Noturus gyrinus (Mitchill, 1817)
member of the Catfish Family (Ictaluridae)
photo by Konrad Schmidt
Stream name, County, State day month year
In a Name?
Do They Live?
Tadpole madtoms are found throughout Minnesota in streams, river, lakes, and other areas of quiet water over soft bottoms. They often occur in relatively shallow water (1-2 m deep) that may be clear to somewhat turbid (cloudy). They are attracted to underwater vegetation and other types of plant debris, such as tree branches and leaves. This fish often is found with white suckers, central stonerollers, creek chubs, common shiners, and black bullheads.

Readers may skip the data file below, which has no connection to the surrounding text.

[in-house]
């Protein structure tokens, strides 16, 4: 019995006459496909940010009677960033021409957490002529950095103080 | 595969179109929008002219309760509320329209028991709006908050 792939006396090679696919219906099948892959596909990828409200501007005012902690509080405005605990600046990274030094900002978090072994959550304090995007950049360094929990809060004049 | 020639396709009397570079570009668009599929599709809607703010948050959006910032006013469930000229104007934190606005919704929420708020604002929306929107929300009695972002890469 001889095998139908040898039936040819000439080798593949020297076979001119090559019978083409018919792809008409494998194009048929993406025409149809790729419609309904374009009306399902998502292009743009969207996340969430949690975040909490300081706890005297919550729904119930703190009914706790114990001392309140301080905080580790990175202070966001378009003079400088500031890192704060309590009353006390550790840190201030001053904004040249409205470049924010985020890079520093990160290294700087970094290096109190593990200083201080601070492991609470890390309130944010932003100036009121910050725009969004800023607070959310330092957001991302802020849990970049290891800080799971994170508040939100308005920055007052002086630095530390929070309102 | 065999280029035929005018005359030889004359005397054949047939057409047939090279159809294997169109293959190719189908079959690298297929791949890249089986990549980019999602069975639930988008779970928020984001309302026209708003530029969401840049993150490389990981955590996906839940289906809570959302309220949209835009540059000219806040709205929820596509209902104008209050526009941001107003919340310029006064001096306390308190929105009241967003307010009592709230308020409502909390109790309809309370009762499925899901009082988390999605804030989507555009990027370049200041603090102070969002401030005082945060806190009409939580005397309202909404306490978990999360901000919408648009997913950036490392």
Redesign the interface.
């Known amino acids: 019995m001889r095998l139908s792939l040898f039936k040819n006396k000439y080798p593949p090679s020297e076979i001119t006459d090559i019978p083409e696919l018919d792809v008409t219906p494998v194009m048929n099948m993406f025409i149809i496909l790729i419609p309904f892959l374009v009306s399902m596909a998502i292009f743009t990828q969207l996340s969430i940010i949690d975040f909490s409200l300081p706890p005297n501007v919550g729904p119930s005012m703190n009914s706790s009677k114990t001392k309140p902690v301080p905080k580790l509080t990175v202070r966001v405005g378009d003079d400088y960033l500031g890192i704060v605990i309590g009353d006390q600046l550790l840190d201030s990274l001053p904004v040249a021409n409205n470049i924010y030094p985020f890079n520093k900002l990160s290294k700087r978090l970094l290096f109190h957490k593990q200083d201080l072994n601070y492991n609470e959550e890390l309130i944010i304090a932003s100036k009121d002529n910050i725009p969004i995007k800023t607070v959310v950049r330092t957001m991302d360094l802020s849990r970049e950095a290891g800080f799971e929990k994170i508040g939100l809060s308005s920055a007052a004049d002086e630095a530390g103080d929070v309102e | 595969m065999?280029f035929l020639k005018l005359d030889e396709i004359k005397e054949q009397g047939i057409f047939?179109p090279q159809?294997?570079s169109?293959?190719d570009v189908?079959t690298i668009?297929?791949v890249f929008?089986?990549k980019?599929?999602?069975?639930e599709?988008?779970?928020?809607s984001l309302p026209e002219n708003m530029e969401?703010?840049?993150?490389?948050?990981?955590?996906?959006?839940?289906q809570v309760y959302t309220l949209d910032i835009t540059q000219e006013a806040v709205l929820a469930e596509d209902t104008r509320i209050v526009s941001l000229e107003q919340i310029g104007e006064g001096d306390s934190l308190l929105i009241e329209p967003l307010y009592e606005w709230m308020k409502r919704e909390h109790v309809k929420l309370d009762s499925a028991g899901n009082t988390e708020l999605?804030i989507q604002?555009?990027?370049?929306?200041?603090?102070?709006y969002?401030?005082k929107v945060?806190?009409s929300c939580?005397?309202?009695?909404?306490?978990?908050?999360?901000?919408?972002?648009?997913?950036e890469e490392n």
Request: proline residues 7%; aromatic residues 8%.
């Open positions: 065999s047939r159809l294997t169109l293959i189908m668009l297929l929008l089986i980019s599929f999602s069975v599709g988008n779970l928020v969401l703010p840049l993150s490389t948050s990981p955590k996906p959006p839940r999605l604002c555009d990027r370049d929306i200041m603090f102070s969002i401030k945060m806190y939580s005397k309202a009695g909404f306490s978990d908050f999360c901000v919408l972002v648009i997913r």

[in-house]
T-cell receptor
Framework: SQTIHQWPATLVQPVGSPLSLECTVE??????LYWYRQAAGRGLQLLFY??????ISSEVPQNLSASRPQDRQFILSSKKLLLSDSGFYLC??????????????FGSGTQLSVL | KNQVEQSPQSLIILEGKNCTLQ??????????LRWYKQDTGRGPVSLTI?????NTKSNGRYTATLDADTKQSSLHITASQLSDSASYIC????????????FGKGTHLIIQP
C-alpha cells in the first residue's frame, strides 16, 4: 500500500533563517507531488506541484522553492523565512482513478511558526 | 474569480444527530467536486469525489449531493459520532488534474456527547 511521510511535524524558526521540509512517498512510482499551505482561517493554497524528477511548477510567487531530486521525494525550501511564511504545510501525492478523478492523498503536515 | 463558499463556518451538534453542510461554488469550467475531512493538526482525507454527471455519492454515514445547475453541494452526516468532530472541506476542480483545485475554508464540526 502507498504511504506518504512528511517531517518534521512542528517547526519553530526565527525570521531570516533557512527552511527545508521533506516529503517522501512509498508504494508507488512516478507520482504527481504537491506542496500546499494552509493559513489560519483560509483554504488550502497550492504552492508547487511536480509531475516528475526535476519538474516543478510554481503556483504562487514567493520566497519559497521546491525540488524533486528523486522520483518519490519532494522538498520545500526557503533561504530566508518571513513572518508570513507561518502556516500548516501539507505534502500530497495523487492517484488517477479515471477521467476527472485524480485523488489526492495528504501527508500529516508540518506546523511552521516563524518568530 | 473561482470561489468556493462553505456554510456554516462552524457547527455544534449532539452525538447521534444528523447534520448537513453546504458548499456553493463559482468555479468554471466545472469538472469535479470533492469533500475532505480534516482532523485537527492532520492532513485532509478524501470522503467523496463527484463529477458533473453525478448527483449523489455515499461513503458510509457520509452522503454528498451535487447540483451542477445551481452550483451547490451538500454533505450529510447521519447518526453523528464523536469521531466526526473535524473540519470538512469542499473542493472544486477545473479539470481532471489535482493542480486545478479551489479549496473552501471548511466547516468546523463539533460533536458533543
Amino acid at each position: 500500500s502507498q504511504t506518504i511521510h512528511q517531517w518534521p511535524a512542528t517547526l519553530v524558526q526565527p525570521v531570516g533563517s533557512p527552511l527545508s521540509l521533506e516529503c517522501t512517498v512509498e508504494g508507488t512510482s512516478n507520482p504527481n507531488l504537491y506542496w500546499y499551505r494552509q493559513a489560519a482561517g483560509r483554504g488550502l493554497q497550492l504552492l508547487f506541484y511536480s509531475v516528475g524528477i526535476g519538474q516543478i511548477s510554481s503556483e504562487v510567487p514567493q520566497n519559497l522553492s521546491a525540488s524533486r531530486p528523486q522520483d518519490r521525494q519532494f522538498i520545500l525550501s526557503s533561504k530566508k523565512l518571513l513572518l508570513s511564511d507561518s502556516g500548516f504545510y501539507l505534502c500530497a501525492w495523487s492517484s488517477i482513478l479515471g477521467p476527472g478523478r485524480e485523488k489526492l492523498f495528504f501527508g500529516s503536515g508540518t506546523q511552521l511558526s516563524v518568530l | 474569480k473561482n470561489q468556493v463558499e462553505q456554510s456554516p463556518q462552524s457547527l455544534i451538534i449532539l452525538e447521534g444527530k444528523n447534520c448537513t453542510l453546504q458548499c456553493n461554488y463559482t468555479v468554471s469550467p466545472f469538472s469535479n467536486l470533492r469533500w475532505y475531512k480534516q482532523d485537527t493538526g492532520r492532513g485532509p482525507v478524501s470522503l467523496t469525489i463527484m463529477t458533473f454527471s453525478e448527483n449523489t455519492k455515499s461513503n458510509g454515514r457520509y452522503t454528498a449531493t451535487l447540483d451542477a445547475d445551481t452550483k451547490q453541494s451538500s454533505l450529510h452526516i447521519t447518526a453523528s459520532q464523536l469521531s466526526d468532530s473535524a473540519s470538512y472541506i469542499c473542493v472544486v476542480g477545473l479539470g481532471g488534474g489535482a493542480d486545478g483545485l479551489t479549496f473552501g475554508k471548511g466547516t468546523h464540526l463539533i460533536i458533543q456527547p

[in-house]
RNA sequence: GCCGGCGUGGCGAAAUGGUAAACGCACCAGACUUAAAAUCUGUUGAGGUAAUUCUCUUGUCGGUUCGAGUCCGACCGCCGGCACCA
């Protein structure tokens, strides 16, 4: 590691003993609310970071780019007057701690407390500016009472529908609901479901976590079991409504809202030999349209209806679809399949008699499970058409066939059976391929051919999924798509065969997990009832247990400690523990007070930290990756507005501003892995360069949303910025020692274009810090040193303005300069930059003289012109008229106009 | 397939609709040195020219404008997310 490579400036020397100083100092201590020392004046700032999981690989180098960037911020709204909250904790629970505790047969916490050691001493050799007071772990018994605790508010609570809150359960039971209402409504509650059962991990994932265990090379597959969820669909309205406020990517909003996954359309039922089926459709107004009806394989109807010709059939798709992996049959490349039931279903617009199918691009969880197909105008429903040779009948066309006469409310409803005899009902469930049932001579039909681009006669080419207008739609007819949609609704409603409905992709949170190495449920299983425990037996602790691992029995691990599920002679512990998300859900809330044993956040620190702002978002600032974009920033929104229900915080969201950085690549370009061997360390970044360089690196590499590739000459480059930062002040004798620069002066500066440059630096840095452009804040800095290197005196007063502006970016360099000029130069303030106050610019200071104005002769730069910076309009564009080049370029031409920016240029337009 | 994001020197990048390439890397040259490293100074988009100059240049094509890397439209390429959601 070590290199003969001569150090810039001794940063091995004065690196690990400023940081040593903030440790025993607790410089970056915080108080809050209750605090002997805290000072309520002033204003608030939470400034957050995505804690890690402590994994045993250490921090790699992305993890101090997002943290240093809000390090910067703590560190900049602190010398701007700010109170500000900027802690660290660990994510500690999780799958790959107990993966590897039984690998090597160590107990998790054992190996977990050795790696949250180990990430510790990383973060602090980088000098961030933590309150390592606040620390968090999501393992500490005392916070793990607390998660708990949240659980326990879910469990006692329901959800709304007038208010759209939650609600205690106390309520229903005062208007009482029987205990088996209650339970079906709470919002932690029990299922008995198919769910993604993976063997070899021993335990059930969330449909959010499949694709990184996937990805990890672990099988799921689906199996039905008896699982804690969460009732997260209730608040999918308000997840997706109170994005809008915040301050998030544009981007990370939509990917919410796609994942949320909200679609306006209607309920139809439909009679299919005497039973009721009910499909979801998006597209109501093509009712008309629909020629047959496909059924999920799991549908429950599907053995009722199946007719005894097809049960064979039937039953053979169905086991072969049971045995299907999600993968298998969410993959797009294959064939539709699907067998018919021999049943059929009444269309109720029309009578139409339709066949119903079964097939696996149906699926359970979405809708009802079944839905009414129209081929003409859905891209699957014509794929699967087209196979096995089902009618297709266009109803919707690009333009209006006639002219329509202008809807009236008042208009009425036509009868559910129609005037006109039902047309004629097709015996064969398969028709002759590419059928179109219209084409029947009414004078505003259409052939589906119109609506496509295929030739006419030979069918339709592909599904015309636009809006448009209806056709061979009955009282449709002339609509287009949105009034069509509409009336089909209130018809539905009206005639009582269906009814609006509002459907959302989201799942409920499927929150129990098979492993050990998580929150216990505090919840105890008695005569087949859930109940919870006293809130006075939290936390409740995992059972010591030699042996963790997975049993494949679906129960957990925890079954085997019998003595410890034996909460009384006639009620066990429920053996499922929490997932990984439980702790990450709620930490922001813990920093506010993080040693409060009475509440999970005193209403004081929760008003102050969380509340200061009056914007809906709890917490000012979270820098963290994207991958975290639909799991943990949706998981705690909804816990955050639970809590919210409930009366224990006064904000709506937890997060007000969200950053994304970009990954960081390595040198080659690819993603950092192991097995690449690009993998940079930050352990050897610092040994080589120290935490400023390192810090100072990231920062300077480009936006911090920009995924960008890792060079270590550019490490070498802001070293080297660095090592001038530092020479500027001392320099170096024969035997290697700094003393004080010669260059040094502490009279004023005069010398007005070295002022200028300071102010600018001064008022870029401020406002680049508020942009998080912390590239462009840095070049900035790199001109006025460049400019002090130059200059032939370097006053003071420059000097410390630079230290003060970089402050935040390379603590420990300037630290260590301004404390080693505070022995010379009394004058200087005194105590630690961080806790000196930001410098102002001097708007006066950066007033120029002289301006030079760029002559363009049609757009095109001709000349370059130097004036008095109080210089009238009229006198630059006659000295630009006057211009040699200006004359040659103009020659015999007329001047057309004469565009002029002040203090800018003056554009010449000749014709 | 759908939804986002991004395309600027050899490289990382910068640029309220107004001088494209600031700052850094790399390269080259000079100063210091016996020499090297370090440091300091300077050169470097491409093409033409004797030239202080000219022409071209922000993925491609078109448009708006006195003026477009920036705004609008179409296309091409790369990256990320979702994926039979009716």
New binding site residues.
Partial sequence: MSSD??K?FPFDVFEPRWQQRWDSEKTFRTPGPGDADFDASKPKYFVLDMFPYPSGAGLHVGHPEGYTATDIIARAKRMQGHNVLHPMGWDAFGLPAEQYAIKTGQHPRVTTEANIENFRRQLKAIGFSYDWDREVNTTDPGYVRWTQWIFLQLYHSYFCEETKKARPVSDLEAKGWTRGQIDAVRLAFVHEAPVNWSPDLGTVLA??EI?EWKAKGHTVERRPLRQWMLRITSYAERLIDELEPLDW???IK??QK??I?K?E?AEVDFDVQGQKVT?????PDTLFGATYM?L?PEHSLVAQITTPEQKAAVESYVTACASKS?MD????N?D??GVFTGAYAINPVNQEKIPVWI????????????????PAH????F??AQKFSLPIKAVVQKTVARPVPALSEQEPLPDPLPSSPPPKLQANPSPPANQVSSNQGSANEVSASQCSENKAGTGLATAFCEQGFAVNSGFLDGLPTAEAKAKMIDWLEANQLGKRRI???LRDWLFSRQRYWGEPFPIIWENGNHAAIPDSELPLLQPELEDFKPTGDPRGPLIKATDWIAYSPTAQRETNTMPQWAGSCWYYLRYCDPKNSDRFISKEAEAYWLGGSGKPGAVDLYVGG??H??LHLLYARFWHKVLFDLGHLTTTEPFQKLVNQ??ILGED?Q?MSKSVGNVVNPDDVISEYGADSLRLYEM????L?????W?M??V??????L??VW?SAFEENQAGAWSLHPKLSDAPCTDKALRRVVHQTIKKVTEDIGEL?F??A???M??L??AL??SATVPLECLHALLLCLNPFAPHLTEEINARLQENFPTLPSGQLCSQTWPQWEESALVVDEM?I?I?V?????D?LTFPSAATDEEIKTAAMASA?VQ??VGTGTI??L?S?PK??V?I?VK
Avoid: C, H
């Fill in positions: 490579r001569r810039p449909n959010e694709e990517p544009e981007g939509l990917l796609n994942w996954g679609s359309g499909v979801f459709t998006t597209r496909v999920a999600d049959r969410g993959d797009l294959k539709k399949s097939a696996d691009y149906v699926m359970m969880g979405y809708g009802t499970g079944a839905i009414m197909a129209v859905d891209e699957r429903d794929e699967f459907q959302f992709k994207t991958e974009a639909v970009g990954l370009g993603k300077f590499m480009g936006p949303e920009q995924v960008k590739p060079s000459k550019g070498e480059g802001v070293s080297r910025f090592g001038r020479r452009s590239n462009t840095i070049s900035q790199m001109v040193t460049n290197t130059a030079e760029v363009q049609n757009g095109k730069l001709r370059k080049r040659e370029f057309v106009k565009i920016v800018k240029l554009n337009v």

Big Do They Get?
Do They Eat?
This private, bottom-dwelling fish feeds mostly at night when it comes out of its daytime hiding places. It eats mostly aquatic insect larvae, waterfleas and other small crustaceans, and worms. Occasionally it consumes snails, fish eggs, and smaller fish.
Do They Reproduce?
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Photographs by Konrad P. Schmidt
Text by Nicole Paulson & Jay T. Hatch in cooperation with
the Minnesota Department of Natural Resources' MinnAqua Aquatic Program
This page developed with funds from the
MinnAqua Program (Minnesota Department of Natural Resources, Division of Fisheries)
Sport Fish Restoration Program (Fish and Wildlife Service, US Department of the Interior)
Maintained by Jay T. Hatch
General College and James Ford Bell Museum of Natural History
University of Minnesota, Minneapolis/St. Paul
Last updated 23 October 2002